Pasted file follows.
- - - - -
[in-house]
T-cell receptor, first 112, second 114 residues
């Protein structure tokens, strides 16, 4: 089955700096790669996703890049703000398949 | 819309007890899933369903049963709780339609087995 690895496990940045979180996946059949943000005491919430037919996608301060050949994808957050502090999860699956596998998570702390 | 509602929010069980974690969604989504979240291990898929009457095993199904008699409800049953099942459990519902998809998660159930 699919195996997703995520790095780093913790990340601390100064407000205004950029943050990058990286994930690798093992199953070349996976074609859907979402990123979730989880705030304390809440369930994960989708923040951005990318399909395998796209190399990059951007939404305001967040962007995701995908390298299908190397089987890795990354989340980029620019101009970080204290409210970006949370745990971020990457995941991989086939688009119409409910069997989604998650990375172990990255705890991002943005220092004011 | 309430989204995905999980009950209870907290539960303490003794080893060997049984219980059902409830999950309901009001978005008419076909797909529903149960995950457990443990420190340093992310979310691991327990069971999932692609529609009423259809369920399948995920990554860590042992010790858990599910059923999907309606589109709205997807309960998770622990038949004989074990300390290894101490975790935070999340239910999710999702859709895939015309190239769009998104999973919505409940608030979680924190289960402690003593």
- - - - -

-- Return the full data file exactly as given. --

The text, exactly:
[in-house]
T-cell receptor, first 112, second 114 residues
């Protein structure tokens, strides 16, 4: 089955700096790669996703890049703000398949 | 819309007890899933369903049963709780339609087995 690895496990940045979180996946059949943000005491919430037919996608301060050949994808957050502090999860699956596998998570702390 | 509602929010069980974690969604989504979240291990898929009457095993199904008699409800049953099942459990519902998809998660159930 699919195996997703995520790095780093913790990340601390100064407000205004950029943050990058990286994930690798093992199953070349996976074609859907979402990123979730989880705030304390809440369930994960989708923040951005990318399909395998796209190399990059951007939404305001967040962007995701995908390298299908190397089987890795990354989340980029620019101009970080204290409210970006949370745990971020990457995941991989086939688009119409409910069997989604998650990375172990990255705890991002943005220092004011 | 309430989204995905999980009950209870907290539960303490003794080893060997049984219980059902409830999950309901009001978005008419076909797909529903149960995950457990443990420190340093992310979310691991327990069971999932692609529609009423259809369920399948995920990554860590042992010790858990599910059923999907309606589109709205997807309960998770622990038949004989074990300390290894101490975790935070999340239910999710999702859709895939015309190239769009998104999973919505409940608030979680924190289960402690003593």